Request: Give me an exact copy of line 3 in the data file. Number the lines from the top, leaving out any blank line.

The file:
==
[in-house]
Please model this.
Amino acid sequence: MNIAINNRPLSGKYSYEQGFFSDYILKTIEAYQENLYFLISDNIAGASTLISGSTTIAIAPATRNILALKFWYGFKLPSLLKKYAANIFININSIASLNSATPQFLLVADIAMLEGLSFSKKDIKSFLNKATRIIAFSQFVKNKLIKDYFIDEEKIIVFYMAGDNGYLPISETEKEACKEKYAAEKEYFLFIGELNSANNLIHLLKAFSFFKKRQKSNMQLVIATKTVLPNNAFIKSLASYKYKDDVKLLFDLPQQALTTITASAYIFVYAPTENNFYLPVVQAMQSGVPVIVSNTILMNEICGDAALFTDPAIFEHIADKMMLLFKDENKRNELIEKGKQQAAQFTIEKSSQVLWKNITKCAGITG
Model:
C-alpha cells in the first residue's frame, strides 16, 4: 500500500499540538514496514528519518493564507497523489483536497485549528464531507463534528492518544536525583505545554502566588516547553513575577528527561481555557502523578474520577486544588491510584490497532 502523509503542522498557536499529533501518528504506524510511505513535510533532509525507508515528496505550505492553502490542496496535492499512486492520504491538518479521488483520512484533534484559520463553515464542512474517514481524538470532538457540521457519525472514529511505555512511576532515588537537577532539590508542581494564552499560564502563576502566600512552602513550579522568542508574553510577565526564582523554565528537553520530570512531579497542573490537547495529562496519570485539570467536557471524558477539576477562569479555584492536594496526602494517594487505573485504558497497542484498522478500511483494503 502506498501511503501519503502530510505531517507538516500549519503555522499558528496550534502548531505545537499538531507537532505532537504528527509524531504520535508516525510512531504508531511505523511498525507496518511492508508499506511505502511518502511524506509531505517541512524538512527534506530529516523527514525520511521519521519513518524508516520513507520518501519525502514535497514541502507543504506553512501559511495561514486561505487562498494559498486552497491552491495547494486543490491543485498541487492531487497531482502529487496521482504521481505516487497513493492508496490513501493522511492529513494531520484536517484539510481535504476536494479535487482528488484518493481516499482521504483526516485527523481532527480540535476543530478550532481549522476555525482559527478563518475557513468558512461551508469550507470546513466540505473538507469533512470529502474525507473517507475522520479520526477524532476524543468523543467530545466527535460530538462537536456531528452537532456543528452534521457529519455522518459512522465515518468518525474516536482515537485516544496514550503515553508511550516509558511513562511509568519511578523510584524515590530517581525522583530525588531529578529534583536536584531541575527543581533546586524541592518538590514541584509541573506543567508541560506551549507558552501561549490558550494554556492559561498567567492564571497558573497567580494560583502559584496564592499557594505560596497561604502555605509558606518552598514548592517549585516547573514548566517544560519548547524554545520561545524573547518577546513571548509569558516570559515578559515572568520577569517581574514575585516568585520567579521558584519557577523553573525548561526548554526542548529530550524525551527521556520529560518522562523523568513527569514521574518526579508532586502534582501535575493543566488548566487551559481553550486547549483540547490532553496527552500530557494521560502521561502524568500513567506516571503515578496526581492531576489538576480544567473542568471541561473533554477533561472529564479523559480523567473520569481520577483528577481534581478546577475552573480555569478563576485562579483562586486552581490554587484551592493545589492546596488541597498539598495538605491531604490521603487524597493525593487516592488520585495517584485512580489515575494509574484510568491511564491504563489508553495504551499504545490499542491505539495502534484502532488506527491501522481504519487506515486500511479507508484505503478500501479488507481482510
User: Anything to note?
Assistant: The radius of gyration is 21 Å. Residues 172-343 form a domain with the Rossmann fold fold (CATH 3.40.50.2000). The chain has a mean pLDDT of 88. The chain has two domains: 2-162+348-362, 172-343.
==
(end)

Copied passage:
Amino acid sequence: MNIAINNRPLSGKYSYEQGFFSDYILKTIEAYQENLYFLISDNIAGASTLISGSTTIAIAPATRNILALKFWYGFKLPSLLKKYAANIFININSIASLNSATPQFLLVADIAMLEGLSFSKKDIKSFLNKATRIIAFSQFVKNKLIKDYFIDEEKIIVFYMAGDNGYLPISETEKEACKEKYAAEKEYFLFIGELNSANNLIHLLKAFSFFKKRQKSNMQLVIATKTVLPNNAFIKSLASYKYKDDVKLLFDLPQQALTTITASAYIFVYAPTENNFYLPVVQAMQSGVPVIVSNTILMNEICGDAALFTDPAIFEHIADKMMLLFKDENKRNELIEKGKQQAAQFTIEKSSQVLWKNITKCAGITG